Titration of Oxalate with Permanganate
Chem 128 September 20, 2002
Web page edited: September 17, 2002
Goal: To determine the oxalate content of a sample
(the green salt synthesized previously)
Method: Titration using an Oxidizing Agent, Permanganate ion
The permanganate ion, MnO4-, is a powerful oxidizing agent.
Since H+ is also consumed, the reaction will need to be done in an acidic solution.
The Oxalate ion is stable, but can be oxidized
- It reacts to form Mn2+ ion
- MnO4- + 8H+ +5e ----> Mn2+ + 4 H2O
- So the Manganese goes from an oxidation state of +7 to +2
- Each MnO4- ion will therefore consume 5 electrons
- It will oxidize another species, stealing the 5 electrons in the process
Combining, and getting the electrons to match
- C2O42- --------> 2 CO2 + 2e-
- The C in oxalate is in an oxidation state of +5
- The C in CO2 has an oxidation state of +4
- So each carbon will release 1 electron
- Each oxalate will release 2 electrons
- 2 MnO4- + 16 H+ + 5 C2O42- -----10e-----> 2 Mn+2 + 8 H2O + 10 CO2 (g)
Finding the Endpoint:
In addition to being a strong oxidizing agent, Permanganate has another important property. It is a compound with an intense purple color. Even one drop of our titrant is enough to produce a strong pink color. In this case we simply titrate until the solution remains pink.
Our sample will be colored (yellow green) so the titrant appears rather orangish in the flask. As you near the endpoint the solution becomes colorless and the endpoint is a clear pink.
The reaction of permanganate tends to be relatively slow. It can take 30-60 seconds. This would normally make titration impractical.
Reading the Buret
- However, the reaction is much faster in te presence of a catalyst.
- A catalyst is a species that causes a reaction to go much faster, but it does not affect the final outcome.
- In this case, Mn+2 is a good catalyst
- So, after the first small addition of MnO4- the reaction will speed up and proceed at a comfortable rate.
- This is an example of a phenomenon known as autocatalysis
- The permanganate ion is so strongly colored that it will be impossible to see the meniscus in the buret.
- We simply sight across the top of the liquid.
- Of course, it is still important that your eye be level with the liquid layer to avoid parallax errors.
- 3M H2SO4 can case chemical burns.
- The heated solution can erupt if it reaches boiling.
- Contact with permanganate can lead to brown stains.
- These can often be removed by treating with Hydrogen Peroxide.
- 1. Collect 200 ml of 0.02M permanganate solution from the reagent shelf.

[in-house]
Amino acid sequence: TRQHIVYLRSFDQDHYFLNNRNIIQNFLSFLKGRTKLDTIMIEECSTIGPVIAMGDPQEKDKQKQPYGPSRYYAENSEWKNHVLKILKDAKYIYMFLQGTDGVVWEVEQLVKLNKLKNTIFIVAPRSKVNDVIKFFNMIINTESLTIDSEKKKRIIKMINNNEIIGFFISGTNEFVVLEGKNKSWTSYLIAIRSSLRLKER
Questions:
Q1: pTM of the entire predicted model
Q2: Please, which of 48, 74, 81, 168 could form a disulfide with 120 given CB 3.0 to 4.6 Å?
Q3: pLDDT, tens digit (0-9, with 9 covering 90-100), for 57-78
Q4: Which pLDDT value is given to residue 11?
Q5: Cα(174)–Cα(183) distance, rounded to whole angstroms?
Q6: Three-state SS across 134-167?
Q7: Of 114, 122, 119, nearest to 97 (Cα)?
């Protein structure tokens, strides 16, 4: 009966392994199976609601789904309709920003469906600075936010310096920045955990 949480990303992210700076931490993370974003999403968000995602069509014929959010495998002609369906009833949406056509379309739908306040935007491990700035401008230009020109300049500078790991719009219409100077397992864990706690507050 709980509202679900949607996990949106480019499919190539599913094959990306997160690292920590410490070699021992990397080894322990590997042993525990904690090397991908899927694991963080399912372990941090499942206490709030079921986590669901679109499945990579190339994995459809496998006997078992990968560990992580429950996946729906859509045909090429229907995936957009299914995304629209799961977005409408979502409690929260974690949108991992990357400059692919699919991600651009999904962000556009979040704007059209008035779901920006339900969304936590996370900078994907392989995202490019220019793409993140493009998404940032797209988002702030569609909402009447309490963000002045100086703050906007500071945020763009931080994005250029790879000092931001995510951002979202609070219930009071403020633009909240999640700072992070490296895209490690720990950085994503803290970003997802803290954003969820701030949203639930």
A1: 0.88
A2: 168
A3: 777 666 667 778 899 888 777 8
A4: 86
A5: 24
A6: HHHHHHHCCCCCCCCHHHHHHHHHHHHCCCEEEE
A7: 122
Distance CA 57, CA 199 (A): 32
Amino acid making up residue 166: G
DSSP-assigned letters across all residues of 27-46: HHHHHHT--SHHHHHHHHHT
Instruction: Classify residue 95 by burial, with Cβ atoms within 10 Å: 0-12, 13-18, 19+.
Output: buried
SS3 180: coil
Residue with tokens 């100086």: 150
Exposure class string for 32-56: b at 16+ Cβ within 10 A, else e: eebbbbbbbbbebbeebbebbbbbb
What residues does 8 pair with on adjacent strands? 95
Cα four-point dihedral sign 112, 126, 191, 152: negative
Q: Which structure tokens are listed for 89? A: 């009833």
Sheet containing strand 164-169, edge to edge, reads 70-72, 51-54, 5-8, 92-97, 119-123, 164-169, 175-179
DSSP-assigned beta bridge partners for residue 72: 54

- use the same supply for all titrations.
- use a clean, dry* beaker or flask
- be sure to record the concentration (different bottles will have different concentration)
- (*) if your container is wet, rinse it carefully with three small rinses of the KMnO4 solution
- 2. Clean and set up your buret
- rinse the buret with three 10 ml batches of the titrant
- place the buret in the titration stand
- fill the buret and drain to the calibrated region
- 3. Weigh a sample of the salt into a 250 ml Erlenmeyer flask (or beaker)
- the sample should weigh between 0.25 - 0.35 g.
- weigh to the nearest 0.001 gram
- 4. Add about 80 ml. of water
- 5. Add 25 ml of 3M H2SO4
- 6. Heat to 80oC on a hot plate
- be careful not to contaminate the sample with the thermometer or to lose sample on the thermometer.
- 7. Now titrate
- record (+ 0.01 ml) the initial buret reading
- add titrant while swirling the flask to mix the contents
- a strap made from a paper towel can help you hold the neck of the heated flask.
- you can add the first 10 ml of titrant in one rapid step.
- titrate until the solution remains pink for 15 seconds after addition of a drop
- if you are unsure of the end point, record the buret reading. The add another drop and verify that the titration is really complete.
- finally record the final buret volume.
- 8. Repeat
- we'd like three titrations of the same compound
We showed earlier that the stoichiometry is 2 MnO4- to 5 Oxalates
# moles of MnO4- = (concentration of titrant) x (volume of titrant, liters)
# moles of oxalate = (5/2) (# moles of permanganate)
- report moles of oxalate per gram of sample
- compare to the value expected for the salt, K3Fe(C2O4)3 3 H2O
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